EGU2020-4595
https://doi.org/10.5194/egusphere-egu2020-4595
EGU General Assembly 2020
© Author(s) 2022. This work is distributed under
the Creative Commons Attribution 4.0 License.

How to reconcile OSL and TCN data: the potential of high-resolution sampling on the Choushui Tableland (West Central Taiwan)

Magali Rizza1, Brice Lebrun1,2, Lionel Siame1, and Valéry Guillou1
Magali Rizza et al.
  • 1CEREGE, Aix-Marseille University, Aix-en-Provence, France (rizza@cerege.fr)
  • 2IRAMAT - CRP2A, Bordeaux-Montaigne University, Bordeaux, France

The determination of fault slip rate is often inferred from dating of Quaternary, deformed geomorphological surfaces affected by fault activity. For this reason, cosmogenic and luminescence methods now are widely applied to date the emplacement of geomorphic markers, but each method relates to different geomorphic processes. While the Terrestrial Cosmogenic Nuclides (TCN) method generally dates the exposure duration of the rock surface to cosmic rays, the Optically Stimulated Luminescence (OSL) method provides burial duration of the sediment after deposition. Age differences between these two methods may relate to the erosion-transport-deposition and aggradation processes experienced by the sediment prior its final deposition but combined may provide new insights into the processes affecting alluvial landforms.

Our case study is located in the Western Foothills, south of the Choushui River (Central Taiwan). There, slip on the Changhua blind thrust fault has caused the eastward tilt of a wide flight of fluvial terraces but slip rates on frontal faults are still debated due to large epistemic uncertainties in dating alluvial surfaces with OSL and TCN methods. To achieve a finer chronology of the deposits, a high-resolution sampling strategy has been deployed leading to a direct and unique comparison between OSL and TCN dating methods. Taking advantage of a natural exposure, we collected 10 samples for 10Be dating completed by 5 OSL samples along a 7 m depth profile. The depth distribution of 10Be concentrations show a complex depositional history with at least two depositional sequences, modelled to be older than ~38.7 ka.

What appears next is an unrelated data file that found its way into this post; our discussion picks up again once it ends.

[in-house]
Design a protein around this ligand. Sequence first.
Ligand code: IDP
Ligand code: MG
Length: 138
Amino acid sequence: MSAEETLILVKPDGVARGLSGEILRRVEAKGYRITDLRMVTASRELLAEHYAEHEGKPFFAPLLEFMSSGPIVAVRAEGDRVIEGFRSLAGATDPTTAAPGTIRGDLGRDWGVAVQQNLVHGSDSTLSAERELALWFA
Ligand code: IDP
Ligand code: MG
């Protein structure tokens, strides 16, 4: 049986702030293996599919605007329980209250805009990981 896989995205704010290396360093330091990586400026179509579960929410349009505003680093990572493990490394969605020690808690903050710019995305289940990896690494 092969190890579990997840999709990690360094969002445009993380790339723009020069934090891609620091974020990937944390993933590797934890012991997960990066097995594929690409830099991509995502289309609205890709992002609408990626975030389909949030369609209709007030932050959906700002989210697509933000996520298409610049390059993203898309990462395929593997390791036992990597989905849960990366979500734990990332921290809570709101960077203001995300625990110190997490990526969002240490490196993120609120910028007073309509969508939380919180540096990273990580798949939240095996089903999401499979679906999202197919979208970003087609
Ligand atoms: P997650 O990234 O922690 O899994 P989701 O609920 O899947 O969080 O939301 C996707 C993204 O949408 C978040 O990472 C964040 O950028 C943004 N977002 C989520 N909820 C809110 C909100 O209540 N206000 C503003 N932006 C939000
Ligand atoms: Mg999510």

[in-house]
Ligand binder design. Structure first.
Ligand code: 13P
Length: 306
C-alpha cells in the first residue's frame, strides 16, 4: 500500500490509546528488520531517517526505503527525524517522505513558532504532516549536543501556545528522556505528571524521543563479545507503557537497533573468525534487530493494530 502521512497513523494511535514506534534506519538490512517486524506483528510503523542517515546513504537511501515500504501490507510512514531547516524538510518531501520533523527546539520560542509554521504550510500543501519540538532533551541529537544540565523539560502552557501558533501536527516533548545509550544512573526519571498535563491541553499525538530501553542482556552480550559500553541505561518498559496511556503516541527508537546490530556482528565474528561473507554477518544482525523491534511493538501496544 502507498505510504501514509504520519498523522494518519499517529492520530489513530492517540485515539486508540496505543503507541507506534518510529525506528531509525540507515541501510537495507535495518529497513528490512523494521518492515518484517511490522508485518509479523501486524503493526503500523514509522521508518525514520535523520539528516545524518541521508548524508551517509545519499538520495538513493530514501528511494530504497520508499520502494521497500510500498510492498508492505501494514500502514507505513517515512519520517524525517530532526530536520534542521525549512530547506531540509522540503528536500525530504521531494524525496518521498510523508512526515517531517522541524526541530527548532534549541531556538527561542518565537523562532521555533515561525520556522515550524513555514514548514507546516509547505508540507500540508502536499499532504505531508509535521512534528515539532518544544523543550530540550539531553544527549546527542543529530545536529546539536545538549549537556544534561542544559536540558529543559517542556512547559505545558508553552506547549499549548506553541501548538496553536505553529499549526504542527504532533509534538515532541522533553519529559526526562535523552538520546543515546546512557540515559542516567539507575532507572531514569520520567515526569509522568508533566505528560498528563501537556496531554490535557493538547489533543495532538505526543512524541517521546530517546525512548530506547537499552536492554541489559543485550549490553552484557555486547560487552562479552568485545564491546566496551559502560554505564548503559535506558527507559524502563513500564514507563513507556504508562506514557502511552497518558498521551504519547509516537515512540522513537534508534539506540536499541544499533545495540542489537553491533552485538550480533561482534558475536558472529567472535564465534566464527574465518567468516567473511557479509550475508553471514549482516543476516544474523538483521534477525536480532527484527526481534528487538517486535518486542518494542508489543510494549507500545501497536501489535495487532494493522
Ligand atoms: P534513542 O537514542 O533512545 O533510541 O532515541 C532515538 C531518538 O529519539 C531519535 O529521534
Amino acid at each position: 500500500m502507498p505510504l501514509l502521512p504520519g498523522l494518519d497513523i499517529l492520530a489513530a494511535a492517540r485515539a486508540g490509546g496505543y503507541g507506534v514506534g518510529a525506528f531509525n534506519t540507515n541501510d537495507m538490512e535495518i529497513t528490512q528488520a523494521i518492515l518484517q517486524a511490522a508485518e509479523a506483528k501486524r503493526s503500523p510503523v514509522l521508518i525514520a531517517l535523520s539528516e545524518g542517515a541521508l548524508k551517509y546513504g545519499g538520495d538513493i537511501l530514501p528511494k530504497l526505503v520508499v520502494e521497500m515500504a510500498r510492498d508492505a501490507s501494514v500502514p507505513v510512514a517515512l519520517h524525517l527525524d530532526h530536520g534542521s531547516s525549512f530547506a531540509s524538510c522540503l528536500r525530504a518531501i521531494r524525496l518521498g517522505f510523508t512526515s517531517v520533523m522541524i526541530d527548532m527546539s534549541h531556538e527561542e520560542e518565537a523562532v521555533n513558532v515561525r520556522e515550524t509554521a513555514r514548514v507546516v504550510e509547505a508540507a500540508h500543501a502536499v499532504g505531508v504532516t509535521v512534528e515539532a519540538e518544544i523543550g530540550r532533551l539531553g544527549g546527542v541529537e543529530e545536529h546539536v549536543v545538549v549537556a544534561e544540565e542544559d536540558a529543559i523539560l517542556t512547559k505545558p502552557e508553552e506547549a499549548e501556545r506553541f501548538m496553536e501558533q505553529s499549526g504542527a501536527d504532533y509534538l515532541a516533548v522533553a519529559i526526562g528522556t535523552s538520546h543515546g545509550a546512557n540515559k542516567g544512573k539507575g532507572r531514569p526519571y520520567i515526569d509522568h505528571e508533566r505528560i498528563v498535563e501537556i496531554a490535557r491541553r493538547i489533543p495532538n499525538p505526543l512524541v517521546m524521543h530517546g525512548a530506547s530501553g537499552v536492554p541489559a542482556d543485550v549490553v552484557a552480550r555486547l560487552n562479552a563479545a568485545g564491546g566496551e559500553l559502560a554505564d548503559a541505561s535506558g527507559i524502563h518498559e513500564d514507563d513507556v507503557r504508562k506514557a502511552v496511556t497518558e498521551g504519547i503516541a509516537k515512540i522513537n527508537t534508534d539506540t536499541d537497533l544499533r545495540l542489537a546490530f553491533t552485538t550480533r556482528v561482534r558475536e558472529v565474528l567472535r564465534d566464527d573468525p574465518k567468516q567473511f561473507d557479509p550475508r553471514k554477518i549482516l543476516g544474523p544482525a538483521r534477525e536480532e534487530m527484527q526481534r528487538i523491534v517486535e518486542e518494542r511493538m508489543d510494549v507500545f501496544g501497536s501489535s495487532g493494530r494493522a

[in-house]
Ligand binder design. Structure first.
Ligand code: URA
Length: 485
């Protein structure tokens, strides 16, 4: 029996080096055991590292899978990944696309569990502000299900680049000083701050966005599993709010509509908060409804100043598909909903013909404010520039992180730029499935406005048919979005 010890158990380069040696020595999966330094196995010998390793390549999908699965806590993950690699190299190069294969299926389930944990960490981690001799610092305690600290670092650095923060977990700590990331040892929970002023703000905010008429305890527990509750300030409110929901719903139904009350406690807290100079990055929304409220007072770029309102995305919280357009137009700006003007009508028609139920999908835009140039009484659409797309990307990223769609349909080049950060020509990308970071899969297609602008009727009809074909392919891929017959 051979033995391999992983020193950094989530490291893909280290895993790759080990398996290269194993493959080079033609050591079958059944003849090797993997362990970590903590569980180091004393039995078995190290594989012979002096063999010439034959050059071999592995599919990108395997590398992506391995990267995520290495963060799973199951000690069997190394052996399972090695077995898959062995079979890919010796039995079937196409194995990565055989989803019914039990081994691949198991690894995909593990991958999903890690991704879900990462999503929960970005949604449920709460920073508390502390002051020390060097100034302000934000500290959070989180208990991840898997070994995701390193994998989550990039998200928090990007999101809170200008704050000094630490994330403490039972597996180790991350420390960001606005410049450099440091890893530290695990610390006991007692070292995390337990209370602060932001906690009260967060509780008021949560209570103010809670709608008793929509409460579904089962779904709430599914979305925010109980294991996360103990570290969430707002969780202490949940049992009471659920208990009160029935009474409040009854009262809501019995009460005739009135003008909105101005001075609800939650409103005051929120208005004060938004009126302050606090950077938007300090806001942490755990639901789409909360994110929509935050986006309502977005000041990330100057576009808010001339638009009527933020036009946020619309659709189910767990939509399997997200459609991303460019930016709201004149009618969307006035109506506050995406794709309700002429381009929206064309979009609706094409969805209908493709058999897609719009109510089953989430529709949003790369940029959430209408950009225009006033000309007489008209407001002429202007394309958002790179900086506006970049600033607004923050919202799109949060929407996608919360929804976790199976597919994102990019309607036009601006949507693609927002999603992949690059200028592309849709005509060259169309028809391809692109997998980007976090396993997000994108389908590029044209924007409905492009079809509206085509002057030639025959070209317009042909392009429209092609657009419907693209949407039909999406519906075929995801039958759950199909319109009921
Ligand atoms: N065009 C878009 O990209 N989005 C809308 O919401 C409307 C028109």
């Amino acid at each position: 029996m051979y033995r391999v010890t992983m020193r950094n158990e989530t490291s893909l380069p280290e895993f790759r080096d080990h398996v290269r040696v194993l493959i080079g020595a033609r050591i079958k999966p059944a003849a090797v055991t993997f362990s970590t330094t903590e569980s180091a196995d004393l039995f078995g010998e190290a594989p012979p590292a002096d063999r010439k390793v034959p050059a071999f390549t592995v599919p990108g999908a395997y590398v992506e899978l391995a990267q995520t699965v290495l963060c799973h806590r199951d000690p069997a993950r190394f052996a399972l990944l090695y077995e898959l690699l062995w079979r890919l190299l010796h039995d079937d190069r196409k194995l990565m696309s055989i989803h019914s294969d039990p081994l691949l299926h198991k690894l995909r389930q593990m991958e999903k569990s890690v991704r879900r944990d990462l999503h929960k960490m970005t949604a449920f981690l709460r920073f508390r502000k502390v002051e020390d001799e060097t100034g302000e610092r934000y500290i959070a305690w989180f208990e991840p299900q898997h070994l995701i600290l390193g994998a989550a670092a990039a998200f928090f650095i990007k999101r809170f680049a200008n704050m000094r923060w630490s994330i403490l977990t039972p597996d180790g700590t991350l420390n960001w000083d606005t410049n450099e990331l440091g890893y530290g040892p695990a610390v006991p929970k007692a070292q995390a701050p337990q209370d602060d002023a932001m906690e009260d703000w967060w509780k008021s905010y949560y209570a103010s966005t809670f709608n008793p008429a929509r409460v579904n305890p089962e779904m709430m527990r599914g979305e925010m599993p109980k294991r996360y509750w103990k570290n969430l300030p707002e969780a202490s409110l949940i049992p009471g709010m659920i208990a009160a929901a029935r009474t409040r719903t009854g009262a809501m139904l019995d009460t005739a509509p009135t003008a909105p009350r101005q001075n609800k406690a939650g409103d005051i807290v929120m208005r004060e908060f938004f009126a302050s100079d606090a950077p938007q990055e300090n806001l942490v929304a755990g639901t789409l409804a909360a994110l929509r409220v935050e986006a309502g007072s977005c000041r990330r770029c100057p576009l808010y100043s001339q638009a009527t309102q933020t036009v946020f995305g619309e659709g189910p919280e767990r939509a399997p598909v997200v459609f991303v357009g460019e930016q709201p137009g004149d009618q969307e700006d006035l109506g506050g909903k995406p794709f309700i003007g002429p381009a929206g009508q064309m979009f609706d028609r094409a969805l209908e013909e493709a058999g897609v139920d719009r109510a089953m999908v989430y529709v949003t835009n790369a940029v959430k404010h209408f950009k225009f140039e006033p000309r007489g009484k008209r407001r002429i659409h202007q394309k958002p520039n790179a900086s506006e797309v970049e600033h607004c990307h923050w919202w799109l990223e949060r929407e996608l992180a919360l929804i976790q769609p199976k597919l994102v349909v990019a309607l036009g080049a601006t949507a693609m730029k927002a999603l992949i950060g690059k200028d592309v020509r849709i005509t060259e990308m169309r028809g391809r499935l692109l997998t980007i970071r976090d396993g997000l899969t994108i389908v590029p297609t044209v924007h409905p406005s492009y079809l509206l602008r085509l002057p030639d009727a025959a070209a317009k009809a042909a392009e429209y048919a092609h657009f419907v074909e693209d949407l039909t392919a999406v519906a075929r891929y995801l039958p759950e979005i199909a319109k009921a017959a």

As previous work has shown the difficulties of OSL dating in Taiwan, particular attention has been paid to luminescence characteristics of quartz and potential dosimetry issues. Our OSL analysis are in good agreement with 10Be and previous 14C dating and also reveal three depositional units, dated between ~9 ka and ~66 ka, that are evidenced by different OSL signal characteristics and variations in dosimetry.

This study shows that it is informative to have an exhaustive, detailed, and direct comparison between dating methods on a single depth profile to discuss the geomorphic processes and allow a more detailed understanding of the long-term rates of the Changhua Fault.

How to cite: Rizza, M., Lebrun, B., Siame, L., and Guillou, V.: How to reconcile OSL and TCN data: the potential of high-resolution sampling on the Choushui Tableland (West Central Taiwan), EGU General Assembly 2020, Online, 4–8 May 2020, EGU2020-4595, https://doi.org/10.5194/egusphere-egu2020-4595, 2020.

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  • CC1: Comment on EGU2020-4595, Ramona Schneider, 01 May 2020

    Personally, I think this is a very well-designed and intuitively understandable presentation! Very interesting, thank you!

  • CC2: Comment on EGU2020-4595, Sebastien Huot, 09 May 2020

    Interesting work, Magali!

    On slide 9, could you elaborate on what represent the difference in dose rate, between with or without gamma? Does it means that the dose rate, deduced from the portable gamma spectrometer, is substantially different (lower) from what you calculated from ICP-MS and ICP-OES? Could you speculate on what would be the cause?

    As for the lower half of the section, I agree also in your hypothesis of a change in sediments source. There is one more piece of evidence you could add, even small, to that puzzle. Display the K versus Th abundances for these samples, on the same plot. Look for a pattern that might show up.

    All clustered would imply the same mixture of source(s). All stretched along a common line imply a dilution, between two source (group) of sediment. It could be neither; in such as case, the difference in source area(s) is even greater, which would lend more support to a change in source (drainage) area, over time.

    You can repeat the same exercise with U vs Th: this should stretched on a common line, passing through the origin. Nearly in all situation. K and Rb should also correlate very closely, because they are usually associated together.

    • AC1: Reply to CC2, Magali Rizza, 10 May 2020

      Hi Sebastien! Thanks for your very useful comments. I will have a deeper look on your suggestions and try to reply here or by email later after having plotted the data.

      Magali